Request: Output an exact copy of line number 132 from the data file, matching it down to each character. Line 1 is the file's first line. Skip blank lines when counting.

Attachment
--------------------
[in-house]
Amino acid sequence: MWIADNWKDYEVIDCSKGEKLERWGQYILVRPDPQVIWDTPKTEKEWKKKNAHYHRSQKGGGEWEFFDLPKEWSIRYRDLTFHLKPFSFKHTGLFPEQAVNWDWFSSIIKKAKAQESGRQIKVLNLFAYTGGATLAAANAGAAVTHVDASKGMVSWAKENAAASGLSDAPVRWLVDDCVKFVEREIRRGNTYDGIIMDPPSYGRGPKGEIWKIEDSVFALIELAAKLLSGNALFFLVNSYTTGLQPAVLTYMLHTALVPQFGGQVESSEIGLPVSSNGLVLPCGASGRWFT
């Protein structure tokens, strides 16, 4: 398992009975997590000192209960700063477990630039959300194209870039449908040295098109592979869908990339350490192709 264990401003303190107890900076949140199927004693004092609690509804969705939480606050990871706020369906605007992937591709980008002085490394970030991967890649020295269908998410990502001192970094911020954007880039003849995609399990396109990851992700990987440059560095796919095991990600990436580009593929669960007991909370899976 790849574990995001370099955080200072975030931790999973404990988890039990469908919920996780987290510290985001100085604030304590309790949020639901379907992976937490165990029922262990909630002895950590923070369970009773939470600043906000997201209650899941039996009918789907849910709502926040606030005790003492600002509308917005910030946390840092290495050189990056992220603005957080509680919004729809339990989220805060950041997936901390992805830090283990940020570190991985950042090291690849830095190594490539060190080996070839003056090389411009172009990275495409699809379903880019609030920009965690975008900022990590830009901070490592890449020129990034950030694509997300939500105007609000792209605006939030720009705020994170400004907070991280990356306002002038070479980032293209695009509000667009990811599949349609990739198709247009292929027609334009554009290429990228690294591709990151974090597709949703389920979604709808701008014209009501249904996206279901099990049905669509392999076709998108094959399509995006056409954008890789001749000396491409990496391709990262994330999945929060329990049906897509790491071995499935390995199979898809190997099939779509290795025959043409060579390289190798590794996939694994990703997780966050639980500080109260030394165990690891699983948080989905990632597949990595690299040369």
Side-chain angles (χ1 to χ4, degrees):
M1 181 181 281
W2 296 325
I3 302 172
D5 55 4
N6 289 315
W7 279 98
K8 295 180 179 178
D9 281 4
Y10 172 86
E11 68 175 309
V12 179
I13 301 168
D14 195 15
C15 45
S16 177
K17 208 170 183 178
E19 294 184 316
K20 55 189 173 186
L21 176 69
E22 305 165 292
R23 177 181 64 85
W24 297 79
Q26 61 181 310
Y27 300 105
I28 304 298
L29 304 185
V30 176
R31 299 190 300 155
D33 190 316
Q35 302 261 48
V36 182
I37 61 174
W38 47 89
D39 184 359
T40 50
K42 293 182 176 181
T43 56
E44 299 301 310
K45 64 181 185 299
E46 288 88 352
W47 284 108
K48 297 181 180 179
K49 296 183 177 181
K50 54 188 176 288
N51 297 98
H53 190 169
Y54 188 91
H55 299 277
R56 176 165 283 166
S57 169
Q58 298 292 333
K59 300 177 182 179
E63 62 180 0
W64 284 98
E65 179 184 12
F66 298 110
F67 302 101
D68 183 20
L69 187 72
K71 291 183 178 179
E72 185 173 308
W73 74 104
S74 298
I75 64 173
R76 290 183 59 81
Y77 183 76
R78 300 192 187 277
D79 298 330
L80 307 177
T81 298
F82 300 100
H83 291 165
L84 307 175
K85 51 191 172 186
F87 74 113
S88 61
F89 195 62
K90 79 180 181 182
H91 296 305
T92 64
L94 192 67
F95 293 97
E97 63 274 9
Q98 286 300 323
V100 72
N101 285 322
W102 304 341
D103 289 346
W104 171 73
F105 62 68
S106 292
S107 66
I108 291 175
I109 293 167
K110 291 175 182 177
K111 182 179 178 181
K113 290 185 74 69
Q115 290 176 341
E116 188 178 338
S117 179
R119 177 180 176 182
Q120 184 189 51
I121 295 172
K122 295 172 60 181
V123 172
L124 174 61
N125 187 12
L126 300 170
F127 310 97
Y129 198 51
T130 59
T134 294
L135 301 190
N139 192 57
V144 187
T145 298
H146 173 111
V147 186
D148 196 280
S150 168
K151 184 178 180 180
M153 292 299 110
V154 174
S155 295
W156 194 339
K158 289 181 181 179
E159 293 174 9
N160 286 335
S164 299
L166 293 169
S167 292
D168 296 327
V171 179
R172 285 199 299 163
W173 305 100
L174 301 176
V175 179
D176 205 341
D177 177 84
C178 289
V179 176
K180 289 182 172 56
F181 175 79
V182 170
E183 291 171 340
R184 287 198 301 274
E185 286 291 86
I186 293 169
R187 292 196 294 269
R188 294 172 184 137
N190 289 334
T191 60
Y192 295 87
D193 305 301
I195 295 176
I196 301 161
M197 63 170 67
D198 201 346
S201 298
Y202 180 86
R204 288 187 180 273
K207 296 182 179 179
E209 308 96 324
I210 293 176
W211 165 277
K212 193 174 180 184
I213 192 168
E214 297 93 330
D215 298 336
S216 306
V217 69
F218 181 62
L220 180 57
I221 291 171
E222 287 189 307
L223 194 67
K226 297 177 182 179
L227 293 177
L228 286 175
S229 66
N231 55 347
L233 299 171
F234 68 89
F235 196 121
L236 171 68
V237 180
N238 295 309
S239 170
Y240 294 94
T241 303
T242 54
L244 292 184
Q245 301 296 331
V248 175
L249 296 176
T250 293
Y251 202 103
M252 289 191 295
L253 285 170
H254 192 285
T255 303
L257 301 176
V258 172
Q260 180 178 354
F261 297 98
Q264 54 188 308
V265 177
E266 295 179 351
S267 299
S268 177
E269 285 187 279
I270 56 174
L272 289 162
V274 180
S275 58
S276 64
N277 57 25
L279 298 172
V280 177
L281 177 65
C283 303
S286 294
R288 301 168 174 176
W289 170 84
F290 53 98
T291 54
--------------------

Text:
N160 286 335